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  20. How sad. I know, I for one depend on the farmers in my area to grow what I can't or don't. We too are seeing less farmers in our little area. It is a hard life and I am sure the younger generation is looking for an easier way.

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  21. No, I think anyone who lives in a rural area is seeing it. It is so very sad. It is such a wonderful part of history that is going to be gone without a trace one day I am afraid.

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  22. It is so sad to see those beautiful old farmsteads disappearing, taking their stories with them.

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  23. It IS so sad to see all these family farms, and family businesses of any sort, being lost to bad economy and eaten up by big business.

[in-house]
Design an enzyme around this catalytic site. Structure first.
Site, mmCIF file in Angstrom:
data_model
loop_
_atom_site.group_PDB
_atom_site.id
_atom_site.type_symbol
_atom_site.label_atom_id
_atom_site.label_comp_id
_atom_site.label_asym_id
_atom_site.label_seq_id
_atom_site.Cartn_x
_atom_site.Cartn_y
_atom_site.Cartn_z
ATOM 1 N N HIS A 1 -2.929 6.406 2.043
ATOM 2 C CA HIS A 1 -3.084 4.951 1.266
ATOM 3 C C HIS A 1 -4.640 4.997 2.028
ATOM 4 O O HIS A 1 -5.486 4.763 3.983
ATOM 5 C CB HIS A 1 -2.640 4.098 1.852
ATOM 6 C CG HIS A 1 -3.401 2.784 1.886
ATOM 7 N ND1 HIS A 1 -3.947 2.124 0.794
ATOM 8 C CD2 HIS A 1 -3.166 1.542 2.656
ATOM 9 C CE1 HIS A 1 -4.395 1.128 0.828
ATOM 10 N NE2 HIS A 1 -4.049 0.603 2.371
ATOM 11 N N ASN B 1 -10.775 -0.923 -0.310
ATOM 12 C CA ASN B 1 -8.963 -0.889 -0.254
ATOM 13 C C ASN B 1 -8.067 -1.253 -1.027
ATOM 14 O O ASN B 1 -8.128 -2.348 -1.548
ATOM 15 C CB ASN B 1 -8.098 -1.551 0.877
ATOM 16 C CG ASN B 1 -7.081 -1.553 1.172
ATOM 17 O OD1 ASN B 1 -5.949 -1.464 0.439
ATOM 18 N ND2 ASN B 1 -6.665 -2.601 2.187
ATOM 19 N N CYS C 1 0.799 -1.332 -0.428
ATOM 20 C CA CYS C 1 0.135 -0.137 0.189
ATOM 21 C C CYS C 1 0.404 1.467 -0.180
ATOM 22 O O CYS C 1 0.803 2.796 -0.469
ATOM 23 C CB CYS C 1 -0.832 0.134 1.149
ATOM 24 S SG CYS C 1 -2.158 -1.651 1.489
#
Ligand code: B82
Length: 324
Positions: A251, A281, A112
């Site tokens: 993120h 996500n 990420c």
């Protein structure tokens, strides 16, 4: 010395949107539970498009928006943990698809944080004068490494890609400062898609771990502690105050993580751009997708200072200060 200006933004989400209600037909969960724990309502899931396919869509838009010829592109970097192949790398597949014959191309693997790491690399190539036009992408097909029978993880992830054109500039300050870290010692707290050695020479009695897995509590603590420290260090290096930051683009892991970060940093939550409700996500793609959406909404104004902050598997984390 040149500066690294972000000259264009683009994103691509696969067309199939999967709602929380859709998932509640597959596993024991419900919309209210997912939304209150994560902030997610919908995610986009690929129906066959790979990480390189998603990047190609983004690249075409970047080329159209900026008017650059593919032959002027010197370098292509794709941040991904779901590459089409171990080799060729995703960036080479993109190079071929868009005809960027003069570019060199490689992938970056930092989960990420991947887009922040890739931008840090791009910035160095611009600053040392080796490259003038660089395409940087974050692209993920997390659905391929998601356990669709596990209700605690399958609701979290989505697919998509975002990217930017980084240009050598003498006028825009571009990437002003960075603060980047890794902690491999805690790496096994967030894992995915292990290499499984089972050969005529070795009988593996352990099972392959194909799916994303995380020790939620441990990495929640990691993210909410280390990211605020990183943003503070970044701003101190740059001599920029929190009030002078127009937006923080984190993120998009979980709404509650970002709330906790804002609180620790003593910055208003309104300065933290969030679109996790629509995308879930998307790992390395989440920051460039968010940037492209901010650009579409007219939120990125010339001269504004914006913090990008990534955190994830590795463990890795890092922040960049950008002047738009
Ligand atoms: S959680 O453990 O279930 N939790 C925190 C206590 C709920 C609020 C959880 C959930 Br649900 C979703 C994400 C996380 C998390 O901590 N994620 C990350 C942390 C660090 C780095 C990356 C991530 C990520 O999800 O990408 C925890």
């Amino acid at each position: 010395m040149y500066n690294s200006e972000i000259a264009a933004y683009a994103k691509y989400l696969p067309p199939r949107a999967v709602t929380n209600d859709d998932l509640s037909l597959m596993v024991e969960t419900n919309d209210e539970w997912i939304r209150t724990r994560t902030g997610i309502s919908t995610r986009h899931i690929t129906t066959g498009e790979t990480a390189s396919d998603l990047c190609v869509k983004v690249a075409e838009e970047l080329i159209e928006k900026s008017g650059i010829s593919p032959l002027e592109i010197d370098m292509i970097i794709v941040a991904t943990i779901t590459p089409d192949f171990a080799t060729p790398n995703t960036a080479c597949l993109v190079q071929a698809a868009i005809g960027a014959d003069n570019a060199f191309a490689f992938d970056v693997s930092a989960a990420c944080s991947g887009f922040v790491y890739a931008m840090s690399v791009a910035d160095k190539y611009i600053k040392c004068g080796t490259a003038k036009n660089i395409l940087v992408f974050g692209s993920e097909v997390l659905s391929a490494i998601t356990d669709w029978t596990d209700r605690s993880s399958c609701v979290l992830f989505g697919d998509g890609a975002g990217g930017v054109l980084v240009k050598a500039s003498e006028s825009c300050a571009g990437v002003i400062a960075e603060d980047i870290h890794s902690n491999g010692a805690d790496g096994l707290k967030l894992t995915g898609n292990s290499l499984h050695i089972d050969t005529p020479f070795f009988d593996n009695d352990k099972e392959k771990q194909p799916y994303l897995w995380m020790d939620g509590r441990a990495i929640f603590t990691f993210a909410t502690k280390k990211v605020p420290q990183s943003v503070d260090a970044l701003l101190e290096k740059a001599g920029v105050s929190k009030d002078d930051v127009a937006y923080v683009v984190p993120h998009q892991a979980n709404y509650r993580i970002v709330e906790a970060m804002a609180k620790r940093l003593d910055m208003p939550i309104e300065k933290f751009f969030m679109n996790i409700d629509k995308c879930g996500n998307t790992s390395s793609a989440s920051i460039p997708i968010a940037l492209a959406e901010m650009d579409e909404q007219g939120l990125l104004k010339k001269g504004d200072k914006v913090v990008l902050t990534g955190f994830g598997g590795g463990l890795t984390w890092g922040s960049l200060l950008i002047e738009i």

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  24. it's beyond sad and it's happening everywhere!!

    thanks for all your love and support b, we are really doing just fine!!

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  25. So true. Big Ag has turned food production into a huge business wiping small farmers out of their way.

    It is heartening to me to see farmers like Joel Salatin and Goeff Lawton helping the upcoming generation of people who want to work the land.

    With vision like theirs and new farming methods it seems very possible that small farming is slowly making a come back.

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  26. It is very heartbreaking. I do like to attend auctions from time to time, but it makes me sad to think why the auction is happening in the first place.